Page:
Velsberg: It’s really about understanding and identifying whether some kind of private information is involved or not. We try to make it easier for different stakeholders to decide – but it’s hard, I’m not going to lie. The easiest answer is always: if it contains private information about citizens, don’t publish it without asking our data protection agency. This is just a general guideline. Also, I’d like to point out, what we’re doing right now is that, if there is an interest from the private sector or from the citizen, only then will we actually publish data. We call it an ‘on-demand process’. So, if there is a demand, then we’ll do everything possible from our side to ensure that interested stakeholders get access to that data one way or another.
FST Government: Speaking at the FST Government NSW event earlier this year, fellow Estonian Government representative Andrus Kaarelson spoke of the push to deliver predictive e-services – ones that proactively engage with citizens with the services they need, even before they know they need them. Whilst still in its infancy, can you offer some practical examples of Estonia’s early forays into predictive eGovernment?
Velsberg: We learned very quickly the tremendous benefits that predictive AI can offer to us. Take employment, for example. We are able to profile people looking for jobs by using the information we already have on them; through this data, we can already profile job-seekers to more than 80 per cent accuracy. This then allows us to understand where they should work and offer better employment recommendations, meaning they are less likely to change jobs in the next six months. We can also better target how individuals can be retrained or recommend training courses to help them become a more valuable asset within the jobs market. And we have seen that, using this kind of precision and providing recommendations, they are often more precise than if given by a government employee, so it actually allows us to make people’s lives, in general, better off.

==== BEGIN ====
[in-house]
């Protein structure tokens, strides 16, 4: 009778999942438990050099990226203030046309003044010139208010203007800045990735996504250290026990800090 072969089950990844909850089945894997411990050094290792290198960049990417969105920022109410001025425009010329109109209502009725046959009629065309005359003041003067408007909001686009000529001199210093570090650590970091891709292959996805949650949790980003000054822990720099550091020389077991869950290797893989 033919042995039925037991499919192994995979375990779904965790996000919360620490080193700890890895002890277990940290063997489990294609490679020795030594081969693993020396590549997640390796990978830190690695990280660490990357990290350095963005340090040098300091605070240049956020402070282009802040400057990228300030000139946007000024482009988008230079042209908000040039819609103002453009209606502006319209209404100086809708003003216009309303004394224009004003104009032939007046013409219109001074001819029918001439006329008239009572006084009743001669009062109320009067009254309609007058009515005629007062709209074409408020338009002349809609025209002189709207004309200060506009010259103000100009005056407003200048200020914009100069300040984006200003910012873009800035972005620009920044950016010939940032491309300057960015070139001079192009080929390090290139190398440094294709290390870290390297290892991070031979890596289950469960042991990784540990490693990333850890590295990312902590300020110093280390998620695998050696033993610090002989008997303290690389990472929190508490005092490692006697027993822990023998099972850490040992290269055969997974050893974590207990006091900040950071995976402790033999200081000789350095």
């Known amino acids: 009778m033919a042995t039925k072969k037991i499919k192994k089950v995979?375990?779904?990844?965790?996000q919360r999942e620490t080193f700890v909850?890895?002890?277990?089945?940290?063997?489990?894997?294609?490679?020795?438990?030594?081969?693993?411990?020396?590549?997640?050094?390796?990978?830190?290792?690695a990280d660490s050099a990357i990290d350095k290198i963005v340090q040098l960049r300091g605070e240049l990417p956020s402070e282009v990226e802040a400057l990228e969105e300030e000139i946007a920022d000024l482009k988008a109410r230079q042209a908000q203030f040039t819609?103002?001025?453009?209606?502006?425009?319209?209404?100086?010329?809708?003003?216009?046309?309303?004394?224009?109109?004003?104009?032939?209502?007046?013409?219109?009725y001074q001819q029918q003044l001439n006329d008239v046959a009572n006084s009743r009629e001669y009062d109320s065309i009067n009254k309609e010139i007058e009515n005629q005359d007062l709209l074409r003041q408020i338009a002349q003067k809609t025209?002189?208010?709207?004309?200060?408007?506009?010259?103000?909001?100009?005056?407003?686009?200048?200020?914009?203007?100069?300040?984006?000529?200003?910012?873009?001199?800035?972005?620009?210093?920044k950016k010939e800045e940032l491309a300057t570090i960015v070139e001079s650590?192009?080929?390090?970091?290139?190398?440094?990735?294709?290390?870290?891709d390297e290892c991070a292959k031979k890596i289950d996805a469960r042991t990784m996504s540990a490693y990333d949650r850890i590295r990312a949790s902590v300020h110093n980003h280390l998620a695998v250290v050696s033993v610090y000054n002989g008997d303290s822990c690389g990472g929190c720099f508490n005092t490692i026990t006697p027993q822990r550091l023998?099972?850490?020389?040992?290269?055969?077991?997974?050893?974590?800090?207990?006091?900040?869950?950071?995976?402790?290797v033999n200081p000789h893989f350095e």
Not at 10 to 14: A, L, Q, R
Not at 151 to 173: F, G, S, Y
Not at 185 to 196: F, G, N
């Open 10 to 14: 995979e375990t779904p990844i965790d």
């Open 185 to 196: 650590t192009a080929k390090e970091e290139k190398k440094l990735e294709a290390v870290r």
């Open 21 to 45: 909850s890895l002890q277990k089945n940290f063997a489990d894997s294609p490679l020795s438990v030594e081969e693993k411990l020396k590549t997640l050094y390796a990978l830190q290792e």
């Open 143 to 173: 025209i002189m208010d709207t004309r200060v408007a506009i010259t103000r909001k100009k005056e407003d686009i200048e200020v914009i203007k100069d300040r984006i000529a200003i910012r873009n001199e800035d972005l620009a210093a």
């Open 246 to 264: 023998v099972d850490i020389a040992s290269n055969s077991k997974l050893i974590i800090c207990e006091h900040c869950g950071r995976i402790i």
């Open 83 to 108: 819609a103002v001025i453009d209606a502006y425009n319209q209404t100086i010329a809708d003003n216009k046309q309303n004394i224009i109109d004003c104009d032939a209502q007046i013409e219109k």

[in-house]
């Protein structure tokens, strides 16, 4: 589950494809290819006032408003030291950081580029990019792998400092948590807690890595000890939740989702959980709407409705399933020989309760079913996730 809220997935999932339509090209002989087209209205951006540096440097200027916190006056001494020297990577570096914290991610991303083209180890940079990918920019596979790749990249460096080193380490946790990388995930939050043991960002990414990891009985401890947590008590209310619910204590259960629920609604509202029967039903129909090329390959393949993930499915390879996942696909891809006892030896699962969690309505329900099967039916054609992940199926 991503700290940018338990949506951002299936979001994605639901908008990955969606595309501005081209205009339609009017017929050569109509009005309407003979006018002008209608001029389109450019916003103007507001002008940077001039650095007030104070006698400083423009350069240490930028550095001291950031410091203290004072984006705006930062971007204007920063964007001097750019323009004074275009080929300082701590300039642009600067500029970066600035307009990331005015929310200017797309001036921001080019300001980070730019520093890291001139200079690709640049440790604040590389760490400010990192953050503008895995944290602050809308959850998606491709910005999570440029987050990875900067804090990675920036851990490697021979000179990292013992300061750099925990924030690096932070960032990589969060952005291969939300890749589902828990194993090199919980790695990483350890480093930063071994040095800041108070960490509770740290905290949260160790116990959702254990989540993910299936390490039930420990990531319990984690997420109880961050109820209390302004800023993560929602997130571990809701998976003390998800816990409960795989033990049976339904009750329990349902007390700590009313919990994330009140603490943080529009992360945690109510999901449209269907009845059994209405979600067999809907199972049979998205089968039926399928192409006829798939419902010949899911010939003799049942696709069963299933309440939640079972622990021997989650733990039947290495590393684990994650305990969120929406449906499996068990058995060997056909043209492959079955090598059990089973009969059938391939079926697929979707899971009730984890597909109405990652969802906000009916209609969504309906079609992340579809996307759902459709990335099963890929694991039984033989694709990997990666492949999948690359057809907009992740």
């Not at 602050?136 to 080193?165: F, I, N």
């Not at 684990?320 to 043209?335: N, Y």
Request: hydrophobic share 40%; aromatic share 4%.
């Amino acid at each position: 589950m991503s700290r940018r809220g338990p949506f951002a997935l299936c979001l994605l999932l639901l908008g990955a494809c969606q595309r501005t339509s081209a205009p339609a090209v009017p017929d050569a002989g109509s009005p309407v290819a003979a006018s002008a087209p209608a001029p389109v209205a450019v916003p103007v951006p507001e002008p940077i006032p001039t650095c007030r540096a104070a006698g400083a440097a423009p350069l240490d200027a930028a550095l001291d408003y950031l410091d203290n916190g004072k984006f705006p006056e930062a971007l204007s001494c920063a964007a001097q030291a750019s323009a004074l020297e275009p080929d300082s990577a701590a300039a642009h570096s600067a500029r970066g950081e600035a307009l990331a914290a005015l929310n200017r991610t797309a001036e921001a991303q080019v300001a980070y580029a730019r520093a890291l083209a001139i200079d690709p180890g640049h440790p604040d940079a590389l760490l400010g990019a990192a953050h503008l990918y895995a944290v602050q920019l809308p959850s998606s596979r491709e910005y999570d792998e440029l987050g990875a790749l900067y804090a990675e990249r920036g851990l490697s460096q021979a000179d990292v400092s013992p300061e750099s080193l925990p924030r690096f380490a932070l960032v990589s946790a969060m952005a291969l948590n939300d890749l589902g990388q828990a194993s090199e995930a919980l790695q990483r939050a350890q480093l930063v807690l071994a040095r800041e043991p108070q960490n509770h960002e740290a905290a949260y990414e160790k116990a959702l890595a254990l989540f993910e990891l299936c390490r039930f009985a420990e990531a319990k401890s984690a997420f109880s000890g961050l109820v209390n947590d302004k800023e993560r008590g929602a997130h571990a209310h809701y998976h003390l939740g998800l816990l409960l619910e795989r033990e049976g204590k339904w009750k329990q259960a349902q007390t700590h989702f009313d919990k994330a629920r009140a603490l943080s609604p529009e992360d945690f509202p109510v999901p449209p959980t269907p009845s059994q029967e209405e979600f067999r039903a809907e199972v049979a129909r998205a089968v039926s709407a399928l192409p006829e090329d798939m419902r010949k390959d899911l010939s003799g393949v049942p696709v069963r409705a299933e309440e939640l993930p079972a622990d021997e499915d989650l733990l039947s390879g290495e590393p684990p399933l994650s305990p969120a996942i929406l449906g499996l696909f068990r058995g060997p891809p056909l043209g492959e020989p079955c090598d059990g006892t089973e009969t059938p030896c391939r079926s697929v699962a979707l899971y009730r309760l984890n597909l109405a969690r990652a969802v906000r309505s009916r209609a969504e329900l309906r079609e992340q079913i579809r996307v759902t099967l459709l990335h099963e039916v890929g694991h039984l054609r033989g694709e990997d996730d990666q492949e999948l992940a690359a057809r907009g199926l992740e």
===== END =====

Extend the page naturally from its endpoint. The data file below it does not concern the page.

FST Government: AI and ML are the backbone of predictive digital government. How effectively is the government leveraging these technologies to deliver on the next generation of eGov initiatives?
Velsberg: As mentioned, last year there were only four of those predictive or AI solutions in place within government. Today, we have 23 live, with close to 14 ongoing projects. We can already see that by the end of this year, close to eight more projects will launch. So there is definitely high uptake of these technologies and I credit this to the way these small projects have been delivered so far. Every time someone sees a value, it generates more interest.
FST Government: While no doubt still a leader, Estonia is fast being challenged as the world’s preeminent eGovernment innovator. How will the country maintain its status at the vanguard of digital government innovation?
From making the government function in the background, providing seamless proactive services, real-time economy, industry 4.0, data embassy, personalised medicine and so forth – we always think how to be above the curve, to consider the next possible way to make Estonia a better place to live.
Don’t miss Ott Velsberg’s featured international keynote presentation, Exploring Privacy, Trust and Data Governance in a Digital Society, at the FST Government Australia conference in Canberra on 20 November, 2019. Register now to secure your place!